In these three utterances of Jesus, we see the same distinction that we saw earlier. Between cure and salvation. Ten lepers are cured. Only one is saved. But what is the difference between being cured and being saved? And how does someone come to be saved? The answer is found, of course, in the experience of the Samaritan. An experience that involves the same three steps that we found in the story of Penguin and the Bloom Family.
First, there is an act of mercy: Jesus cures the ten lepers of their leprosy. Mercy then leads to relationship: The Samaritan comes back, throws himself at the feet of Jesus, and praises God. He enters a new relationship with the Lord. And this new relationship results in salvation: The Lord sends him out to live a new kind of life. A life of faith. A life of courage. A life of discipleship.
Receiving God’s mercy in Christ… Beginning a new relationship with Jesus… And then being sent out to live the life of a disciple. A life of salvation… Mercy. Relationship. Salvation. These are the three steps by which people come to enjoy the fullness of life in Christ. This is how we Christians believe we are saved. But the process isn’t always a smooth one. Sometimes obstacles may get in the way. Our readings present us with three of these obstacles. As well as three corresponding ways to avoid them.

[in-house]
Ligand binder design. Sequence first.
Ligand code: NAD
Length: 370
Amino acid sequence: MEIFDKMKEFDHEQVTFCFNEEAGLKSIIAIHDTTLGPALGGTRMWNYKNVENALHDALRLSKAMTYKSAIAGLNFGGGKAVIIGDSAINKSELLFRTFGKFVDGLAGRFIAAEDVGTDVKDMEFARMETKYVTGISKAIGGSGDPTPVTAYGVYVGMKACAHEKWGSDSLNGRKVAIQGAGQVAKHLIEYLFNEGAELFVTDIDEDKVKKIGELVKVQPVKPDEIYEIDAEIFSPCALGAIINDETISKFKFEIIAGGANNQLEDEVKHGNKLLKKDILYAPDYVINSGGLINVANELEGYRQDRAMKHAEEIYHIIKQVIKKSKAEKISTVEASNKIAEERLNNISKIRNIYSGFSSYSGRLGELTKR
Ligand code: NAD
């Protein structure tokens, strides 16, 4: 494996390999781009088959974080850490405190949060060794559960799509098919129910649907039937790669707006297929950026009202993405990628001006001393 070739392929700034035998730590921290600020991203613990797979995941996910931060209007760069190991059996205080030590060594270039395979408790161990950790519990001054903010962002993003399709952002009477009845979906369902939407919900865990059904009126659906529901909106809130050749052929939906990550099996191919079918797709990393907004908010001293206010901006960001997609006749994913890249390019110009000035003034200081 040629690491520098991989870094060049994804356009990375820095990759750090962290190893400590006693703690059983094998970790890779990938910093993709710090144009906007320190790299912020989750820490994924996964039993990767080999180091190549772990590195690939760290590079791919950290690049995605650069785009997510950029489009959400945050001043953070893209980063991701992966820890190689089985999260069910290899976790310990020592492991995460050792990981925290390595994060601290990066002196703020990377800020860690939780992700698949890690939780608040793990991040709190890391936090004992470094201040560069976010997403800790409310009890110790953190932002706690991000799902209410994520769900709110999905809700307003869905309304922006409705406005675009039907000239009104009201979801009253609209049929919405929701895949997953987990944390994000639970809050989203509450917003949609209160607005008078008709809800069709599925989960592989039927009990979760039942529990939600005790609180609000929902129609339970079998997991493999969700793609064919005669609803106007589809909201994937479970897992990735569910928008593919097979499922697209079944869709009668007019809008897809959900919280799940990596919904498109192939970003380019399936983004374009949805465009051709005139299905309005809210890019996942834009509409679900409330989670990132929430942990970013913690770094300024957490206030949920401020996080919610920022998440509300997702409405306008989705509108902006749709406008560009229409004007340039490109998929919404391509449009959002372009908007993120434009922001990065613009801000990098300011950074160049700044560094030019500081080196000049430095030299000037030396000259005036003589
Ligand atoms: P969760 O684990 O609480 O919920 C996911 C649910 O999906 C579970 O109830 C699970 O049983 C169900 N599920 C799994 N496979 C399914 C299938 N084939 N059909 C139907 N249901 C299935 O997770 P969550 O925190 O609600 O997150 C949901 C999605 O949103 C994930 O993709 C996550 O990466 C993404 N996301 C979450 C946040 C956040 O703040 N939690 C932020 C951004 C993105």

In the first reading, like the ten lepers in the gospel, the Syrian general, Naaman, also is cured of his leprosy. He too experiences God’s mercy. Except that his first reaction is to attribute his healing to the prophet Elisha. And, as an expression of gratitude, Naaman presses Elisha to accept a gift. But the prophet declines. And, by declining, Elisha helps Naaman to recognise the One who is truly responsible for his healing. Not the prophet himself. But God.
Here we find the first obstacle to salvation: short-sightedness. The failure to realise that all good things come to us not just through our own good fortune. Or the kindness of others. Or our own hard work. But, ultimately, as merciful gifts from God. And if short-sightedness is the obstacle, then the remedy is recognition. Recognition of God's goodness to us. Recognition leading to true worship. And worship to salvation.